It wouldn’t be the first time a regional exploitation film maker showed a bigger star only the parts of the script that applied to them, then shot the more scandalous parts later. It also wouldn’t be the first time a bigger star used that as an excuse to provide plausible deniability for a film that flushed their matinee movie idol dreams down the toilet.

However it happened, this week’s film is one of the premier slices of psychosexual 70s weirdness there is, directed by a one and done high school theater teacher named Jacques Lacerte. From fall of 1972, the “my heart belongs to Daddy” epic Love Me Deadly:

The film opens on a funeral, with beautiful blonde Lindsay Finch (Mary Charlotte Wilcox) sitting in the back row. Waiting until all of the other mourners have left, she tentatively walks up the aisle to the casket, delicately raising the veil on her stylish oversized hat. Furtively glancing around, she leans in and plants a passionate kiss on the deceased.

Despite having wasted no time (3:10 to be precise) jumping into the necrophiliac waters of taboo, the credits roll over sepia images of a blonde moppet and her father playing happily, obligatory AM radio title theme song playing on the soundtrack.

Cut to a swinging party at Lindsey’s rather lavish house, full of food, friends, fun……and a variety pack of greasy and overly grabby future date rapists of America who are very into her. They are also very bad at taking no for an answer.

Should you question my characterization, the next scene is the blonde Ken doll up there (given the properly vintage villainous name of Wade) following Lindsay as she heads to her bedroom to freshen up, and attempting to force himself on her. She nearly scratches his eyes out, and he finally takes the damn hint to leave. Being a complete waste of even 50 plus year old cinematic oxygen, he calls Lindsey a bitch on the way out.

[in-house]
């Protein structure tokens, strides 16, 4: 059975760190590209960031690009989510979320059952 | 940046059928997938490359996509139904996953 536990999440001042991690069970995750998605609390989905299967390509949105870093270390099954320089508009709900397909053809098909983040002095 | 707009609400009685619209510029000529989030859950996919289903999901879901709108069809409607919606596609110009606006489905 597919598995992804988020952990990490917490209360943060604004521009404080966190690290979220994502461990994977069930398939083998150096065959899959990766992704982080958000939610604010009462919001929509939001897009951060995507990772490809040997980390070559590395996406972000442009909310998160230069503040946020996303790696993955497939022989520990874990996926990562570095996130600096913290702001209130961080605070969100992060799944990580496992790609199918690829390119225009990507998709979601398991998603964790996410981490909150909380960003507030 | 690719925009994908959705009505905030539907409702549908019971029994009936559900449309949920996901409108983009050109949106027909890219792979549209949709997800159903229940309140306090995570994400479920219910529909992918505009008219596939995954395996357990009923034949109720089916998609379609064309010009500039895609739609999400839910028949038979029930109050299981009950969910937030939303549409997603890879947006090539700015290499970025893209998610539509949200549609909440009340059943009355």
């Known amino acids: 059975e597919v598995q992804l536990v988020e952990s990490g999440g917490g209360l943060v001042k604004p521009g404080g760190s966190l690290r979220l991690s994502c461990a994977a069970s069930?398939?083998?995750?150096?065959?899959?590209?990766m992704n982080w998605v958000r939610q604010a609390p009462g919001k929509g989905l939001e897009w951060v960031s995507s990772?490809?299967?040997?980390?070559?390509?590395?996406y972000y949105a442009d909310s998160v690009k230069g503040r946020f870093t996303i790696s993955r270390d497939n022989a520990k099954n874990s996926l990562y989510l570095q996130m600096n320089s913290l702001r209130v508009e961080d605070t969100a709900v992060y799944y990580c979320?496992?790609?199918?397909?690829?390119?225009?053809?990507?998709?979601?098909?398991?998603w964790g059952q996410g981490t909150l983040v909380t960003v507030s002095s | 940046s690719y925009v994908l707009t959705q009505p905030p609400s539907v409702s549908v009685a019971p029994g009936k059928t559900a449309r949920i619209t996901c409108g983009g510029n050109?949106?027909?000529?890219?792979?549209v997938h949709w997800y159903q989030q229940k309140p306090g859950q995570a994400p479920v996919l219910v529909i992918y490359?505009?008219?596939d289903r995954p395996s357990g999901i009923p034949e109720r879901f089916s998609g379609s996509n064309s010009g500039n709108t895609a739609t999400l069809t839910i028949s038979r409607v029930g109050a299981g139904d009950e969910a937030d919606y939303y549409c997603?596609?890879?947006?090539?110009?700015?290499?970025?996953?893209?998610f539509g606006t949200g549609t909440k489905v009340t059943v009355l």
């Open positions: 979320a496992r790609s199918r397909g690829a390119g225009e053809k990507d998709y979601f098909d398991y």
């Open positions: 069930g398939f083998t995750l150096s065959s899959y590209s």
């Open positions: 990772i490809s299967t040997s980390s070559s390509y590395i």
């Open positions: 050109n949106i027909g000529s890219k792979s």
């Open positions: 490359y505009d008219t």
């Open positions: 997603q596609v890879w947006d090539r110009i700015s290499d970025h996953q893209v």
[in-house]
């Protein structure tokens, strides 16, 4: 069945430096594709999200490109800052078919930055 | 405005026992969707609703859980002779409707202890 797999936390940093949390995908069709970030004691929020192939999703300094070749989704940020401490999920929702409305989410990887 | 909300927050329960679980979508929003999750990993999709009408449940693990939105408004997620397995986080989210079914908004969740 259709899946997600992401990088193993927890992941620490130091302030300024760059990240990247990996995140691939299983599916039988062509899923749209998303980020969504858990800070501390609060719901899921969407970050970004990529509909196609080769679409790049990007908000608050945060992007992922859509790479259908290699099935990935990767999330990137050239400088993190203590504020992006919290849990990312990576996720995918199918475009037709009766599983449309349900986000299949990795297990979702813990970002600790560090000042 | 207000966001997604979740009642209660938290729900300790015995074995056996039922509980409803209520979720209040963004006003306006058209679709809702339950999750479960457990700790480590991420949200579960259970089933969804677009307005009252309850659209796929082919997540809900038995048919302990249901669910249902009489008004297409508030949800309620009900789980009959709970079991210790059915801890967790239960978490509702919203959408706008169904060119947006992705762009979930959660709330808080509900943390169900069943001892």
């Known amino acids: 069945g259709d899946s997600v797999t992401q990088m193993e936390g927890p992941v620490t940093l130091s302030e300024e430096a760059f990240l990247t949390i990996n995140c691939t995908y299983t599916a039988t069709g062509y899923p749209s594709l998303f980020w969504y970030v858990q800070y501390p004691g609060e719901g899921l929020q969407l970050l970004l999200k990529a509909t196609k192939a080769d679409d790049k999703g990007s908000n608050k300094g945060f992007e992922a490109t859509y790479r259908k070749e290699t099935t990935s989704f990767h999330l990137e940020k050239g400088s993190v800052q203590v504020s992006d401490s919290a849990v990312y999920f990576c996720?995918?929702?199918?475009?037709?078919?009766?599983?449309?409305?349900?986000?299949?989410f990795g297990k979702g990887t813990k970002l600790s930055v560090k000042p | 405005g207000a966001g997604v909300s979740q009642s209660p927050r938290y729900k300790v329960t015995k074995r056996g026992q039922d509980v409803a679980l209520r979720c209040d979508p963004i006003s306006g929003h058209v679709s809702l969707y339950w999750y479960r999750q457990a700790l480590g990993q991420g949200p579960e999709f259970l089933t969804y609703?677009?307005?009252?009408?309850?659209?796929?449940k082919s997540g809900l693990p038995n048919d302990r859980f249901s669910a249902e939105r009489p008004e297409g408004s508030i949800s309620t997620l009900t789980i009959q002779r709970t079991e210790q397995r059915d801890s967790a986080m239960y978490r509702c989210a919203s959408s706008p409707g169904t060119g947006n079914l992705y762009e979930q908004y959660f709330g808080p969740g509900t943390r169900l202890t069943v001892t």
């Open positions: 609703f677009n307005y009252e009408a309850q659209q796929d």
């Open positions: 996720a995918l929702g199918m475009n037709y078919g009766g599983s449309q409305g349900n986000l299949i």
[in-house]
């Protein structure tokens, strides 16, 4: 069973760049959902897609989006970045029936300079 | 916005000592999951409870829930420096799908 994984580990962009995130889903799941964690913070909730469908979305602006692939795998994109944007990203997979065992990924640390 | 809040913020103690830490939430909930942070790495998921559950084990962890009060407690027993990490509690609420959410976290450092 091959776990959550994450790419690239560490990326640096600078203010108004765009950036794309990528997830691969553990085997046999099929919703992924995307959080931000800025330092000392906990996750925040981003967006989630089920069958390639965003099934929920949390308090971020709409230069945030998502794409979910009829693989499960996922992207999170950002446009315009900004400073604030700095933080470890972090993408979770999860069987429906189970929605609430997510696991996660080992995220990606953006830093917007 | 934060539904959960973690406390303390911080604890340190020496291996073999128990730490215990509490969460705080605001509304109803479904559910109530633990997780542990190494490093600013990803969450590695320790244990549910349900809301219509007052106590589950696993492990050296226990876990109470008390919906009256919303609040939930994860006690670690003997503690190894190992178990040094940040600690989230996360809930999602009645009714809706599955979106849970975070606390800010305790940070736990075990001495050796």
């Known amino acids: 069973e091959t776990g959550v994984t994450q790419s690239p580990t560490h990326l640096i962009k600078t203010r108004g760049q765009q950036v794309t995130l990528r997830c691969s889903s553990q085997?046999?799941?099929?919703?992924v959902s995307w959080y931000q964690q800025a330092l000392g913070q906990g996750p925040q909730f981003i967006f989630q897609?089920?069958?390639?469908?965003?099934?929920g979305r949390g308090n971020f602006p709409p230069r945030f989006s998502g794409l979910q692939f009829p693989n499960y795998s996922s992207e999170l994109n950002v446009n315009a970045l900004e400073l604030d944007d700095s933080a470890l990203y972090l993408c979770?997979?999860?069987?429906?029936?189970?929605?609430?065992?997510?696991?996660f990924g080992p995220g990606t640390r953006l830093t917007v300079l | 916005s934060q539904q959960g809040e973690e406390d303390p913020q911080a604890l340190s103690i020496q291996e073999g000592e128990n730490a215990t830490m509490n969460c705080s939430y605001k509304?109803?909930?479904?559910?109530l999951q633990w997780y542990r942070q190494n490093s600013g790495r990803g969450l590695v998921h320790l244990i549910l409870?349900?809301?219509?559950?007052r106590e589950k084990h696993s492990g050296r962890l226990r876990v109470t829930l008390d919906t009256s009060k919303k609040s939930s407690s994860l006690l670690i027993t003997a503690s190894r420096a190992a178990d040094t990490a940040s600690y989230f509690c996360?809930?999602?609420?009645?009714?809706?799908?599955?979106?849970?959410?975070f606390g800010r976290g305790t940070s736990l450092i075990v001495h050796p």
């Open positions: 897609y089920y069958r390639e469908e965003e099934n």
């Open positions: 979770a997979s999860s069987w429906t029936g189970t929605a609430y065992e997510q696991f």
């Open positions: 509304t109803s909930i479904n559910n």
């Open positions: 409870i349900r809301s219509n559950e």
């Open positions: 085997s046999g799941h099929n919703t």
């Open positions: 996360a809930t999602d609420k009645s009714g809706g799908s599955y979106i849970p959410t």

Understandably shaken, she clutches a stuffed teddy for comfort, and we get another sepia montage of when her beloved father gifted her the toy.

While Lindsey settles her nerves hunting through the funeral notices for any young handsome men being laid to rest, we are suddenly dropped into what may as well be different movie. In a sense it is, as this is one of the inserts shot after the fact. Producers insisted the film play less like a soapy melodrama, and more like a traditional horror film.

A street hustler is plying his trade outside an adult theater (I. William Quinn who also appeared in brutal roughie A Climax Of Blue Power). Up rolls Fred McSweeney (Timothy Scott), the creepy funeral home director from the first scene, presumably looking for a good time.

All things considered, I doubt any sex worker would get into a car with the world’s most unctuous undertaker for the promise of only $15, but this guy does. Slow night, I guess. He does up it to $25 when McSweeney insists on taking him to the funeral parlor for the trick.

We drop back in to the main plot for a moment. Lindsay is doing her usual hot lips for cold stiffs routine, when she gets startled by the arrival of the deceased’s hunky brother, Alex (Lyle Waggoner). Disturbed by both nearly getting caught, and Alex’s resemblance to her dearly departed dad, Lindsay bolts.

Meanwhile back at the funeral parlor, McSweeney proves he’s the serial killer the dead eyes and greasy hair told us he was, embalming his “date” alive. It’s the only scene in the movie that is genuinely harrowing, and considering the main subject matter here, that’s saying something.